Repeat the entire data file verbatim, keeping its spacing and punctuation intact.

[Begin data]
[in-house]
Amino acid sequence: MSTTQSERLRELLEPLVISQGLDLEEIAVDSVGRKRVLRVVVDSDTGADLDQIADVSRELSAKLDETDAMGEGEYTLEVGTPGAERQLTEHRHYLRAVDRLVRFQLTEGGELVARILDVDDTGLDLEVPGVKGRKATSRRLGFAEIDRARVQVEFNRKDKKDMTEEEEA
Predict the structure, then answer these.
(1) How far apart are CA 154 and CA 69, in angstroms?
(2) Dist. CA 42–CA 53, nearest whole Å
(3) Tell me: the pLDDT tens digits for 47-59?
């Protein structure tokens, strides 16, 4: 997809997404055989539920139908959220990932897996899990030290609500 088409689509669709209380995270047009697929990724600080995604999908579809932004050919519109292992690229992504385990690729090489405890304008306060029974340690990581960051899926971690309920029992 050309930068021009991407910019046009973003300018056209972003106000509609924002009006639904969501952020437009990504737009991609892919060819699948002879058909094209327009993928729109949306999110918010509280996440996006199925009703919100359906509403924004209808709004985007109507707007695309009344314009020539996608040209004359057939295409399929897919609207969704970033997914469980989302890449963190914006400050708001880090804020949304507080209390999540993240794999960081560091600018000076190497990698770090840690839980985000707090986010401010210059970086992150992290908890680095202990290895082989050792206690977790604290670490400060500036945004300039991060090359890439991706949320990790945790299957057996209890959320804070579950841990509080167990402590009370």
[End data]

[in-house]
Amino acid sequence: MSTTQSERLRELLEPLVISQGLDLEEIAVDSVGRKRVLRVVVDSDTGADLDQIADVSRELSAKLDETDAMGEGEYTLEVGTPGAERQLTEHRHYLRAVDRLVRFQLTEGGELVARILDVDDTGLDLEVPGVKGRKATSRRLGFAEIDRARVQVEFNRKDKKDMTEEEEA
Predict the structure, then answer these.
(1) How far apart are CA 154 and CA 69, in angstroms?
(2) Dist. CA 42–CA 53, nearest whole Å
(3) Tell me: the pLDDT tens digits for 47-59?
């Protein structure tokens, strides 16, 4: 997809997404055989539920139908959220990932897996899990030290609500 088409689509669709209380995270047009697929990724600080995604999908579809932004050919519109292992690229992504385990690729090489405890304008306060029974340690990581960051899926971690309920029992 050309930068021009991407910019046009973003300018056209972003106000509609924002009006639904969501952020437009990504737009991609892919060819699948002879058909094209327009993928729109949306999110918010509280996440996006199925009703919100359906509403924004209808709004985007109507707007695309009344314009020539996608040209004359057939295409399929897919609207969704970033997914469980989302890449963190914006400050708001880090804020949304507080209390999540993240794999960081560091600018000076190497990698770090840690839980985000707090986010401010210059970086992150992290908890680095202990290895082989050792206690977790604290670490400060500036945004300039991060090359890439991706949320990790945790299957057996209890959320804070579950841990509080167990402590009370």